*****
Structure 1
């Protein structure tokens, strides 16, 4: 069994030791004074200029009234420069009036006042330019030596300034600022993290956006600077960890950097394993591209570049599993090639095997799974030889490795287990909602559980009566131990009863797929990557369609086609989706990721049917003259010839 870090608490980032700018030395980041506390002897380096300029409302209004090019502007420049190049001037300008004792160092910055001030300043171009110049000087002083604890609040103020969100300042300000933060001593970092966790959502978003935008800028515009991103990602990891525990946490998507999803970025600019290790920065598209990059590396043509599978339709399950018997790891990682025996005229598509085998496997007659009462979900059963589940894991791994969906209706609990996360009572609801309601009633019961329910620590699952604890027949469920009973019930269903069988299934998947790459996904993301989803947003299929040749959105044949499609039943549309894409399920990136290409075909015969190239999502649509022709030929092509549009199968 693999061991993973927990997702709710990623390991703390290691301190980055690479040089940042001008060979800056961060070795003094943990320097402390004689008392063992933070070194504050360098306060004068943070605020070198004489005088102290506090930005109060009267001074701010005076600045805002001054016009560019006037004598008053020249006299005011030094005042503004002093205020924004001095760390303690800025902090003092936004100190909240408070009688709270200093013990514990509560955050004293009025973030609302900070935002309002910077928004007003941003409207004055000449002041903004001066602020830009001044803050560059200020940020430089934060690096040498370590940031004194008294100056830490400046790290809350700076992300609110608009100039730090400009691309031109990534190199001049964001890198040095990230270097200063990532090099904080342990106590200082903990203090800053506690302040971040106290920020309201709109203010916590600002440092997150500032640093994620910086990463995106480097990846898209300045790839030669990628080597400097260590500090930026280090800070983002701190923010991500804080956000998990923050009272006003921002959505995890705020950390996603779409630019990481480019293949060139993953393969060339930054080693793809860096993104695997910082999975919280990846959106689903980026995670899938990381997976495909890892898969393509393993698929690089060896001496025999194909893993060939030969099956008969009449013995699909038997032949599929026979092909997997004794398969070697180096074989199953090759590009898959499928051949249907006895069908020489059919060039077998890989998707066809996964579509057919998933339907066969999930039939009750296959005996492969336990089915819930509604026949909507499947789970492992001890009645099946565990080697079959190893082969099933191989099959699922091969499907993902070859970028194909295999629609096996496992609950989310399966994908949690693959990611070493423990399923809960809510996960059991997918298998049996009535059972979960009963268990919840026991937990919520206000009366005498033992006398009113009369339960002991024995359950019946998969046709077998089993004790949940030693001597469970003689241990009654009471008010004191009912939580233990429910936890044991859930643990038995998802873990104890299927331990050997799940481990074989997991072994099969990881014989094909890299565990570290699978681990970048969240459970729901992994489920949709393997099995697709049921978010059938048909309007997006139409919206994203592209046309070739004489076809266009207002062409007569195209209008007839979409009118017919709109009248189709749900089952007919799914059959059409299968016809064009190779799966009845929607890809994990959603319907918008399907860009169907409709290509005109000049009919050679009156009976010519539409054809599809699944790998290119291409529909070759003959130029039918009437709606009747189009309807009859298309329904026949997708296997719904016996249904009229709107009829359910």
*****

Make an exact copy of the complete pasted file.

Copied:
Structure 1
């Protein structure tokens, strides 16, 4: 069994030791004074200029009234420069009036006042330019030596300034600022993290956006600077960890950097394993591209570049599993090639095997799974030889490795287990909602559980009566131990009863797929990557369609086609989706990721049917003259010839 870090608490980032700018030395980041506390002897380096300029409302209004090019502007420049190049001037300008004792160092910055001030300043171009110049000087002083604890609040103020969100300042300000933060001593970092966790959502978003935008800028515009991103990602990891525990946490998507999803970025600019290790920065598209990059590396043509599978339709399950018997790891990682025996005229598509085998496997007659009462979900059963589940894991791994969906209706609990996360009572609801309601009633019961329910620590699952604890027949469920009973019930269903069988299934998947790459996904993301989803947003299929040749959105044949499609039943549309894409399920990136290409075909015969190239999502649509022709030929092509549009199968 693999061991993973927990997702709710990623390991703390290691301190980055690479040089940042001008060979800056961060070795003094943990320097402390004689008392063992933070070194504050360098306060004068943070605020070198004489005088102290506090930005109060009267001074701010005076600045805002001054016009560019006037004598008053020249006299005011030094005042503004002093205020924004001095760390303690800025902090003092936004100190909240408070009688709270200093013990514990509560955050004293009025973030609302900070935002309002910077928004007003941003409207004055000449002041903004001066602020830009001044803050560059200020940020430089934060690096040498370590940031004194008294100056830490400046790290809350700076992300609110608009100039730090400009691309031109990534190199001049964001890198040095990230270097200063990532090099904080342990106590200082903990203090800053506690302040971040106290920020309201709109203010916590600002440092997150500032640093994620910086990463995106480097990846898209300045790839030669990628080597400097260590500090930026280090800070983002701190923010991500804080956000998990923050009272006003921002959505995890705020950390996603779409630019990481480019293949060139993953393969060339930054080693793809860096993104695997910082999975919280990846959106689903980026995670899938990381997976495909890892898969393509393993698929690089060896001496025999194909893993060939030969099956008969009449013995699909038997032949599929026979092909997997004794398969070697180096074989199953090759590009898959499928051949249907006895069908020489059919060039077998890989998707066809996964579509057919998933339907066969999930039939009750296959005996492969336990089915819930509604026949909507499947789970492992001890009645099946565990080697079959190893082969099933191989099959699922091969499907993902070859970028194909295999629609096996496992609950989310399966994908949690693959990611070493423990399923809960809510996960059991997918298998049996009535059972979960009963268990919840026991937990919520206000009366005498033992006398009113009369339960002991024995359950019946998969046709077998089993004790949940030693001597469970003689241990009654009471008010004191009912939580233990429910936890044991859930643990038995998802873990104890299927331990050997799940481990074989997991072994099969990881014989094909890299565990570290699978681990970048969240459970729901992994489920949709393997099995697709049921978010059938048909309007997006139409919206994203592209046309070739004489076809266009207002062409007569195209209008007839979409009118017919709109009248189709749900089952007919799914059959059409299968016809064009190779799966009845929607890809994990959603319907918008399907860009169907409709290509005109000049009919050679009156009976010519539409054809599809699944790998290119291409529909070759003959130029039918009437709606009747189009309807009859298309329904026949997708296997719904016996249904009229709107009829359910």